I have no words & I must designby Greg CostikyanCurrently a Games researcher at Nokia
Context • “I Have No Words” was written in the early 1990s, at a time when virtually nothing had been written on the subject of game design as a discipline, before game studies as a discipline or Game Developer magazine existed. • This piece was written with emphasis on decision making and may be less applicable to games that depend on fast action. • Greg Costikyan is an inductee of the Adventure Gaming Hall of Fame For a Lifetime of Accomplishment in the field
Lots of Games out there ITS ALL GAMING!! • Cart-based • Computer • CD-ROM • Network • Arcade • PBM (Play By Mail) • PBEM • Mass-Market Adult • War games • Card games • Tabletop RPGs • LARPs (Live Action Role Playing) • Freeforms • Paintball • Virtual Reality • Sports • Horses
Do these things have anything in common? What is a game? • How can you tell a good one from a bad one? • Good game !! • Good book… does that help you write a better one • Game designers need to analyze games • Understand them • Understand what works • Understand what makes them interesting
What is a game anyhow? • Its not a puzzle – Puzzles are static • Present logic structures to be solved w/assistance of clues • Games are NOT static and change with player’s actions • Think of games on a continuum • Crossword 100% puzzle • Zork 90% puzzle – 10% game • Characters move from setting to setting allowable actions vary by setting and inventory changes with action. • Almost all games have some degree of puzzle-solving, even military strategy games require players to solve puzzle of making optimum attack
Not a toy • Sim City is not a game at all, but a toy. • Will Wright makes a comparison to a ball • Offers many interesting behaviors for your to explore • Bounce It, • Twirl it, • Throw it • Dribble it • Can play multiple games with it • It provides a world that the player may manipulate, but provides NO objective • You may chose one… • BUT Sim City itself has no victory conditions, NO Goals, • It is a Software toy. • A toy is interactive, BUT games have goals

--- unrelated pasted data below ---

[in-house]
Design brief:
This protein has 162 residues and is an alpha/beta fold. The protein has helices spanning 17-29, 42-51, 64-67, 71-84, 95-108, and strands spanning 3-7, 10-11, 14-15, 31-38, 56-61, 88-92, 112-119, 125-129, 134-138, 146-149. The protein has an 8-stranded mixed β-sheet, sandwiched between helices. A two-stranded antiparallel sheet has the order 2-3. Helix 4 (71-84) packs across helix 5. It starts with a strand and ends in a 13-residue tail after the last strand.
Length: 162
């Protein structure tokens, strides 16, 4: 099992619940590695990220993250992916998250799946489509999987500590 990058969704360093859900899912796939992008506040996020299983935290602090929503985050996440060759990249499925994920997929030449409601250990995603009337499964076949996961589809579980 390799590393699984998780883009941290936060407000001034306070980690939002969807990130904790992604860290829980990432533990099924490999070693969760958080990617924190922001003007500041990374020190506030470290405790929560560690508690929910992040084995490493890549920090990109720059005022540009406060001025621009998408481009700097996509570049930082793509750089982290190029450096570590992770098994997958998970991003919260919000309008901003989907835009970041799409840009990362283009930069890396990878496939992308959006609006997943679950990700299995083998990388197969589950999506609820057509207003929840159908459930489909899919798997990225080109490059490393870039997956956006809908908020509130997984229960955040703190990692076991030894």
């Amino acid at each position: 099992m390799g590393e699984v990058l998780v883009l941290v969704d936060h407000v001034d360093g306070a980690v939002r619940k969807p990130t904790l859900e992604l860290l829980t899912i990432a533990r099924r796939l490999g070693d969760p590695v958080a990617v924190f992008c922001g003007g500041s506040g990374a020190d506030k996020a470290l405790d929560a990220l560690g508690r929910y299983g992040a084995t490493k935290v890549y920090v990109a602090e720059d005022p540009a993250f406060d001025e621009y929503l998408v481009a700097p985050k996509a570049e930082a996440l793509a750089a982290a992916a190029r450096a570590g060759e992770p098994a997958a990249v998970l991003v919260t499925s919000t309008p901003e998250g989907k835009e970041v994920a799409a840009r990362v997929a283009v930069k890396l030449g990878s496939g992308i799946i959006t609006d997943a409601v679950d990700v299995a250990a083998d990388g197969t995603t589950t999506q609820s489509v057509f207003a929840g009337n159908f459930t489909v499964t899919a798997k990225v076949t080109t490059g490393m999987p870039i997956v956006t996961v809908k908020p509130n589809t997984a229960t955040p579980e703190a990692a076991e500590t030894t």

Not a Story • Stories are inherently linear • Games are inherently non-linear • Depend on decision making • How would gamers feel if game master says “I don’t want you players to do that, because it will ruin the story? • Gaming is NOT about telling stories
It Demands Participation • Traditional art forms have passive audiences. • Admire a painting, you may imagine things in it, you may see something other than what the artist intended • When reading a book… Most of it is in your head… You are receiving the authors words. • Enter the game. • Games provide a set of rules • But players create their own consequences • Like Music • The Designers provide the Theme • The Players provide the Music • A democratic art form for a democratic age.
So What is a Game? • Players make decisions • Manage resources through game tokes in the pursuit of a goal • Opposition • Competitive games • Real interest is about struggling toward a goal. • After you win you fill the thrill of victory! • Game Tokens – entities you manipulate directly • Resources are things you manage efficiently to achieve a goal • Tokens are your means of managing them • Without tokens you have a system that operates with out much player input • Giving the player a sense of control and it makes the game more interesting.
Other Things that Strengthen Games • Diplomacy • Whenever multiple players are involved they are strengthened with diplomacy • Games permit diplomacy if players can assist each other • Color • Color counts a lot and some games work solely because color • Some games suffer because their lack their of. • Pageantry, detail & sense of place can add greatly to emotional appeal, BUT don’t over do it and make it look appealing • Simulation • STAR Wars: The Role Playing Game • He adds simulations of the move, to encourage players to attempt far-fetched cinematic stunts • Using the system to reflect something about the atmosphere and ethos of the films. • Can also improve character identification
Other Things that Strengthen Games • Variety of Encounter • Random elements are never wholly random, they are within a range of possibilities • Randomness can be useful.. It is one way to provide variety • Players like to encounter the unexpected • With inadequate variety, it gets boring quickly • Positive Identification • Character identification is a common theme in fiction and games • Lends emotional power to a story • In a sports game the identifying position is YOU, • Making the game more important to YOU • Role Playing – provides position identification, the feeling that the world is alive and colorful • Socializing – When designing think about social issues and how the game encourages or discourages socialization. • How can you encourage better socializing • Narrative tension- The story should become more gripping as it proceeds until climatic resolution
What do these myriad form of games have in common? • All involve • Decision making • Managing Resources in pursuit of a goal • How can we tell a good game from a bad one? • Terms to analyze game appeal • Decisions • Variety of encounter • Compelling • Narrative Tension • Role Playing • Socializing • Color • Simulation • Diplomacy • Gaming is a artform! Be mindful of what it takes to make it GREAT!